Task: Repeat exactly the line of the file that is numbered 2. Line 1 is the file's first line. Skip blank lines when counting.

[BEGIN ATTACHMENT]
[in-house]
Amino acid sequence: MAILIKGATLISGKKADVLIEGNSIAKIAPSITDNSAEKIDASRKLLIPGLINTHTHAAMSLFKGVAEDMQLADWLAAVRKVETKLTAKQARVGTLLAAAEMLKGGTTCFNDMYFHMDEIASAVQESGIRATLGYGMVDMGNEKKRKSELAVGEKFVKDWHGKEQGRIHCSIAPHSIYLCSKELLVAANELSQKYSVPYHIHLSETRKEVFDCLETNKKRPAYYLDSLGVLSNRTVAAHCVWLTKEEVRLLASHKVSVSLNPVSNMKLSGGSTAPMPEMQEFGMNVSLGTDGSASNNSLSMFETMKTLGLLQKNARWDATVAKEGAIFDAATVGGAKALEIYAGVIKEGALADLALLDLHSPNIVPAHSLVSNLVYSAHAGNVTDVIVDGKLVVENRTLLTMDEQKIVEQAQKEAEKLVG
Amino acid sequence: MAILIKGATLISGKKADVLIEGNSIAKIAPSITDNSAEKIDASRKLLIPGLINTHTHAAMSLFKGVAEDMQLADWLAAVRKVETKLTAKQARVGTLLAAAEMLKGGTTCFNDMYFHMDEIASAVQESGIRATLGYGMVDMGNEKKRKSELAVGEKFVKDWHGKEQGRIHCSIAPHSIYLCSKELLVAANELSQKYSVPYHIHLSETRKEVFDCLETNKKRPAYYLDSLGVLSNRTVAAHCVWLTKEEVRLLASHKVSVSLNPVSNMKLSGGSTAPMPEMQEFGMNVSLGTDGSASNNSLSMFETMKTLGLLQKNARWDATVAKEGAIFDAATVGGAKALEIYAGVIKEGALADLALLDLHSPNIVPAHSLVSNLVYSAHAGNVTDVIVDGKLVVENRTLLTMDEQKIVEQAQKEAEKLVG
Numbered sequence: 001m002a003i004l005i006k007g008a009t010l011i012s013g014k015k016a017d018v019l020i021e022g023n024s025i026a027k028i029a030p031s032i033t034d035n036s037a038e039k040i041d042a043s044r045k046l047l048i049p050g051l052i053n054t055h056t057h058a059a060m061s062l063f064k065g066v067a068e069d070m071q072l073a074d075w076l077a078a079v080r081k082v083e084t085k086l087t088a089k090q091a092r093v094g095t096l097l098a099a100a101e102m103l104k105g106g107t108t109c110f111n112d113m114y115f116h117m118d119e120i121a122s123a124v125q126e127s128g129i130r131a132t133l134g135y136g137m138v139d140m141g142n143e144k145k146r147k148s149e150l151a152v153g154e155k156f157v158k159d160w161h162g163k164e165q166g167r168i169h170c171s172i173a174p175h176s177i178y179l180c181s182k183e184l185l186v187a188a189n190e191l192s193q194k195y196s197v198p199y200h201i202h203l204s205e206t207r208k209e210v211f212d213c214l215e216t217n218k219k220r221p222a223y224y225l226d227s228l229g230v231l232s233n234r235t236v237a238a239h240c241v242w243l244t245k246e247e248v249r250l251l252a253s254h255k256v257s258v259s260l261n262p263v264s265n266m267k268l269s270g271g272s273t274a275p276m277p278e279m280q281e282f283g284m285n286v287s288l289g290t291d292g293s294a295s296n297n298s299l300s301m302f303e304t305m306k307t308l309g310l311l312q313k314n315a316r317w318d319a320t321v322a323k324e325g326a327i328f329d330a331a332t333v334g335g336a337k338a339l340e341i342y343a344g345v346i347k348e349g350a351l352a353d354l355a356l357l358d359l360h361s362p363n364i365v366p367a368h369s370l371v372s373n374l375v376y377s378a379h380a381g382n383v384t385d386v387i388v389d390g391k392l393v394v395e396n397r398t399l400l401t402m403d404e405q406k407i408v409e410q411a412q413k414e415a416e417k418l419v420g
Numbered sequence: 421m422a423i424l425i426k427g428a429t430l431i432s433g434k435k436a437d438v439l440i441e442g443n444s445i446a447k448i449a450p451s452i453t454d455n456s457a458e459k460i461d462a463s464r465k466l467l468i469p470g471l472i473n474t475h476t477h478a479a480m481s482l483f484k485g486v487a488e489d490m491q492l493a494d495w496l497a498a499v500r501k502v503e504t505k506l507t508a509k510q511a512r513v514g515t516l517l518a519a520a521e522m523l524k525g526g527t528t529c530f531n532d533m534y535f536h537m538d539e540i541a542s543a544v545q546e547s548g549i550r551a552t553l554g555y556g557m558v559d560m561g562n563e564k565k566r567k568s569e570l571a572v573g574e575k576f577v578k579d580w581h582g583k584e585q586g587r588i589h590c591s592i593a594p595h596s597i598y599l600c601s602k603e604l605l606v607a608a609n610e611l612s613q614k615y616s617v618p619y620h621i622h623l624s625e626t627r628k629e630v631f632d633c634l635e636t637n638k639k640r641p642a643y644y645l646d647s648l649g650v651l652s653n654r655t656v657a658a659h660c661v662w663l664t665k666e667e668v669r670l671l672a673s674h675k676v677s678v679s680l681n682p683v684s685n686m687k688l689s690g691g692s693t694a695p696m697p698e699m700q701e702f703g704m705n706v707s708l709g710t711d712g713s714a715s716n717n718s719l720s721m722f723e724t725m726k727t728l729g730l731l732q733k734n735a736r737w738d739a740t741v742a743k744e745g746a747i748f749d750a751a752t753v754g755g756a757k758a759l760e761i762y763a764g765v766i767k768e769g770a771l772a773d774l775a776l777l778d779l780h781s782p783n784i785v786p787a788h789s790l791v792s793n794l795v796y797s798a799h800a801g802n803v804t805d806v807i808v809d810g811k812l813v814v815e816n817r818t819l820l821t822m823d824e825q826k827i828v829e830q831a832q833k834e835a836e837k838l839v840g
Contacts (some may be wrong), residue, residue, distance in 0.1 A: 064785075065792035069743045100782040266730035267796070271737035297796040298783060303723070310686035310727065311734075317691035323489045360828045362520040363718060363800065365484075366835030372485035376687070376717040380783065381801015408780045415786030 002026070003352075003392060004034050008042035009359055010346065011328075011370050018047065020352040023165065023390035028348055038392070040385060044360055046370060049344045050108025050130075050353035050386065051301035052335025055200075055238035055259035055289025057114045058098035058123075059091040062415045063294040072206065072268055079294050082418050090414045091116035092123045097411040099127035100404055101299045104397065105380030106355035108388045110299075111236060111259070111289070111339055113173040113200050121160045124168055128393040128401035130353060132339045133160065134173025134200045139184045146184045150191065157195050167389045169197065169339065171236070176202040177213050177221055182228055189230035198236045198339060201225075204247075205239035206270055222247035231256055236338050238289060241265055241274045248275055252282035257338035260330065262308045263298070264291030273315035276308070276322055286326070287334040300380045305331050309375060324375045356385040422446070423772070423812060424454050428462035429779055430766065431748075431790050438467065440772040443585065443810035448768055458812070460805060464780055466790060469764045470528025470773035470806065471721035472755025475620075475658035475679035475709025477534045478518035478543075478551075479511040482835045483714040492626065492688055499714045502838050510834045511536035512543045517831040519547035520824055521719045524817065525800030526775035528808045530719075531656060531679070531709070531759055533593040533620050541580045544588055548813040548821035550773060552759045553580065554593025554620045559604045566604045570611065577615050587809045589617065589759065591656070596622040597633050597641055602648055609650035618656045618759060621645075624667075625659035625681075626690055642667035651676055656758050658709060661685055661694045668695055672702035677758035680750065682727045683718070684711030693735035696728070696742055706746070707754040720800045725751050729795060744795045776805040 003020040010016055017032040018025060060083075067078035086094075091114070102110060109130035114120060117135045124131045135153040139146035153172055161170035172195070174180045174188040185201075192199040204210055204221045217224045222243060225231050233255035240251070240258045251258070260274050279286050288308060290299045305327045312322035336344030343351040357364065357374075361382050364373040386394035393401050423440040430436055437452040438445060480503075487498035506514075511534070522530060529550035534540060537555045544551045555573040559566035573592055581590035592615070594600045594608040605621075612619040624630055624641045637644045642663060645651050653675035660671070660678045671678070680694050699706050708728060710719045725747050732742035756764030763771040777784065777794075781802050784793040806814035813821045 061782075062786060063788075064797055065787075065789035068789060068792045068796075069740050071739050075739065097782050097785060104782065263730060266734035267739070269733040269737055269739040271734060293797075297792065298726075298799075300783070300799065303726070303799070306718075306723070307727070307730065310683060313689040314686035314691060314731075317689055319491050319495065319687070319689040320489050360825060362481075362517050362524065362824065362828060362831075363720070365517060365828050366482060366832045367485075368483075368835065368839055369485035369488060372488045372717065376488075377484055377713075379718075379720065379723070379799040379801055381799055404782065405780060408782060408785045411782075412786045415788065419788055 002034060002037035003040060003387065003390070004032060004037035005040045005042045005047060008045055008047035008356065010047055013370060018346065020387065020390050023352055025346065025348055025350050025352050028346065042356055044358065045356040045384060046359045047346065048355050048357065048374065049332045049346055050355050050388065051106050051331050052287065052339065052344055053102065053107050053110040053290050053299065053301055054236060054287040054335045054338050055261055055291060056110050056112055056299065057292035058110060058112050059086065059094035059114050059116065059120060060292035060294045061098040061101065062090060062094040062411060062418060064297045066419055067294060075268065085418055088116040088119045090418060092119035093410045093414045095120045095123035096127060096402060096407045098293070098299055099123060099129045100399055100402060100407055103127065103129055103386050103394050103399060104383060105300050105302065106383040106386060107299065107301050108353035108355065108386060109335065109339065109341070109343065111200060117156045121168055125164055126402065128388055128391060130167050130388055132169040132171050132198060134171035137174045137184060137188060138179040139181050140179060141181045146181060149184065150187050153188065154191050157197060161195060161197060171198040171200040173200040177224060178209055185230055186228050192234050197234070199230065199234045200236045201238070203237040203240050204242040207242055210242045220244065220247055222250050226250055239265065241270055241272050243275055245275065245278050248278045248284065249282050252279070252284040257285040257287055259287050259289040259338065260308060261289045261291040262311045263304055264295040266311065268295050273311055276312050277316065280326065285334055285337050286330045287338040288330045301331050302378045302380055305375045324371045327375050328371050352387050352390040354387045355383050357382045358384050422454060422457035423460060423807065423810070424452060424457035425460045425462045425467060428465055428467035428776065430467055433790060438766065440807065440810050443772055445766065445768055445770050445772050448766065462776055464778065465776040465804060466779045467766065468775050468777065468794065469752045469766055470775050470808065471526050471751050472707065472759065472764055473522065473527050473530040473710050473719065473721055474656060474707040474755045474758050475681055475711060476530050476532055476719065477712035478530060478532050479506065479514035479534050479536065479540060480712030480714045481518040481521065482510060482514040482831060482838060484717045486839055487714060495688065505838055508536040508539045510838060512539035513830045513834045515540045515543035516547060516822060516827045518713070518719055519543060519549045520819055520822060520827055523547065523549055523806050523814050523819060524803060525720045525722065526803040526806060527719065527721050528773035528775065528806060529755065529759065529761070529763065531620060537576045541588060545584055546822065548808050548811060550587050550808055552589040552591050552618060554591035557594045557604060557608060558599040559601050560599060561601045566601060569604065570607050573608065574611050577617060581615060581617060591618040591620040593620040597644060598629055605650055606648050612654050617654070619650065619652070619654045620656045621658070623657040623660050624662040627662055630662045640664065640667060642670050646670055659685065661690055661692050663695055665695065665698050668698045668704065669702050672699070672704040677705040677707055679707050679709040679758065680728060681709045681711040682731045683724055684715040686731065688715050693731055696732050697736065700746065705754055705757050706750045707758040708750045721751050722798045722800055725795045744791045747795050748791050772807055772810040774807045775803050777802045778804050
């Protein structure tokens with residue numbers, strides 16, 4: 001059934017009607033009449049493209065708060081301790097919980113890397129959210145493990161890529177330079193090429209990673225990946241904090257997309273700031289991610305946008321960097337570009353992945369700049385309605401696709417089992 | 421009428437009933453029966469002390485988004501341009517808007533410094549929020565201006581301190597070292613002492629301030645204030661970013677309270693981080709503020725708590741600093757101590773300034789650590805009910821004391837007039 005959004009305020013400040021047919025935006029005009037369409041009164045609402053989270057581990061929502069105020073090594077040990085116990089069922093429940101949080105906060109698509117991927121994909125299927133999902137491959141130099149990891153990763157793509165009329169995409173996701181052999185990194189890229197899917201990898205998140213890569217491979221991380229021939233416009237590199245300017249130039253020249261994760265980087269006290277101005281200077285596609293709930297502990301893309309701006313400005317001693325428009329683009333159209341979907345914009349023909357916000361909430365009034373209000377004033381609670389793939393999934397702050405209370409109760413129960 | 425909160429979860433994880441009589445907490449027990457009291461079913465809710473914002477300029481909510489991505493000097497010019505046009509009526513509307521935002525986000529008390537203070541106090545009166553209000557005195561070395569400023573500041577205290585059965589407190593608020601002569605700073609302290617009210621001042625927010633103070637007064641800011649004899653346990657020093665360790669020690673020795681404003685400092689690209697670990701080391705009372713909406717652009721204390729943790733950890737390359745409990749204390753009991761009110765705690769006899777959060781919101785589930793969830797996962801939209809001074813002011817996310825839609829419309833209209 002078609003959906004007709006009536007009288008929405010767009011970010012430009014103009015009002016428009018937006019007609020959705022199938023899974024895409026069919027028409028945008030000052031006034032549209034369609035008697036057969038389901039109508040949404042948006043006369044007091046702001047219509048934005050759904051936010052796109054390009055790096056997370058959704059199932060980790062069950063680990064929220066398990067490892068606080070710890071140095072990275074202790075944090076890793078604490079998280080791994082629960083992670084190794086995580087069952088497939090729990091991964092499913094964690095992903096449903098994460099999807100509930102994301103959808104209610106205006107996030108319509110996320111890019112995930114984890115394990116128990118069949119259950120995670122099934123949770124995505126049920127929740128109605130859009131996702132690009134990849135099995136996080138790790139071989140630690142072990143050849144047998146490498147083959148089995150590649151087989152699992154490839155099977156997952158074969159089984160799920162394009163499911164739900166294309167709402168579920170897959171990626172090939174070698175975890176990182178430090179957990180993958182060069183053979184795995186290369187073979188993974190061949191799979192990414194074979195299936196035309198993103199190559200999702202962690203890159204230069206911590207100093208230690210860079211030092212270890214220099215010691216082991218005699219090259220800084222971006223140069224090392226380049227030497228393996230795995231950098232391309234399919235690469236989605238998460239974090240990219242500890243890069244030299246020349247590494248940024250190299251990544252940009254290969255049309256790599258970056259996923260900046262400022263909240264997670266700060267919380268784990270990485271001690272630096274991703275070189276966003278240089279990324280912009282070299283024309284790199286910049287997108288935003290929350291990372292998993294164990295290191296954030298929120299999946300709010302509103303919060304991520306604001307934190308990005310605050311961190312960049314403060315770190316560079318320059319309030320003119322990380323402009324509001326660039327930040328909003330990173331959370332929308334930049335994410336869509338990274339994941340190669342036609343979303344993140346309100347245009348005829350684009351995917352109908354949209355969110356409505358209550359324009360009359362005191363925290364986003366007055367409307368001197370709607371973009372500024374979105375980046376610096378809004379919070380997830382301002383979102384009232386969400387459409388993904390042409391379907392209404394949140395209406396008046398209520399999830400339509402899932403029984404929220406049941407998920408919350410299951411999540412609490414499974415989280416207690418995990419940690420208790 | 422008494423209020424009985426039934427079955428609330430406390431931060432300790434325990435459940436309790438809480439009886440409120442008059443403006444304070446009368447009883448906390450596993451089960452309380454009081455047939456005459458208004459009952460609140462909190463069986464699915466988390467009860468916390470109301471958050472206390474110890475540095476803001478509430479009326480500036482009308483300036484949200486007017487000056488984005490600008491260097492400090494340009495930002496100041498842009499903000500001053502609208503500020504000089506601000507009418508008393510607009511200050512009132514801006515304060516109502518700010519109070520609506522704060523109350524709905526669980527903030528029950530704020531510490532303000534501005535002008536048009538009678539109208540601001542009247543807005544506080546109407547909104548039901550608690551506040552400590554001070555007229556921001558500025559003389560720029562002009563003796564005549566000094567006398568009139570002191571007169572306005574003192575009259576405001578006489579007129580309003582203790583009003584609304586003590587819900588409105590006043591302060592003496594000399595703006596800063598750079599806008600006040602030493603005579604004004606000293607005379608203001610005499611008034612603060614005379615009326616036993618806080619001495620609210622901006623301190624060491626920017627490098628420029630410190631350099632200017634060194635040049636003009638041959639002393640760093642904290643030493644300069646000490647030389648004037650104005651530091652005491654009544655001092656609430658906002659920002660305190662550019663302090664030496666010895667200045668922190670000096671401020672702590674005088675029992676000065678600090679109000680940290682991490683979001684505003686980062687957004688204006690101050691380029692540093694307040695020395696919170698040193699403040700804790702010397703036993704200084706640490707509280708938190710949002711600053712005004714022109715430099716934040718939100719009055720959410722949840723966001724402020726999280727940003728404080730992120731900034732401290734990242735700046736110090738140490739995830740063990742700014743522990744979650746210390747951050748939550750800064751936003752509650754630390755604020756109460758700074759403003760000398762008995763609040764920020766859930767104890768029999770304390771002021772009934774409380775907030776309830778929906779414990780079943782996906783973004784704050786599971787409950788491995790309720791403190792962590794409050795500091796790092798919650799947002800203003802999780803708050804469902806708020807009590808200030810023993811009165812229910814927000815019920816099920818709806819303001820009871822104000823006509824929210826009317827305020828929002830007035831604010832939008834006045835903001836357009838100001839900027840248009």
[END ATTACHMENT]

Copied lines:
Amino acid sequence: MAILIKGATLISGKKADVLIEGNSIAKIAPSITDNSAEKIDASRKLLIPGLINTHTHAAMSLFKGVAEDMQLADWLAAVRKVETKLTAKQARVGTLLAAAEMLKGGTTCFNDMYFHMDEIASAVQESGIRATLGYGMVDMGNEKKRKSELAVGEKFVKDWHGKEQGRIHCSIAPHSIYLCSKELLVAANELSQKYSVPYHIHLSETRKEVFDCLETNKKRPAYYLDSLGVLSNRTVAAHCVWLTKEEVRLLASHKVSVSLNPVSNMKLSGGSTAPMPEMQEFGMNVSLGTDGSASNNSLSMFETMKTLGLLQKNARWDATVAKEGAIFDAATVGGAKALEIYAGVIKEGALADLALLDLHSPNIVPAHSLVSNLVYSAHAGNVTDVIVDGKLVVENRTLLTMDEQKIVEQAQKEAEKLVG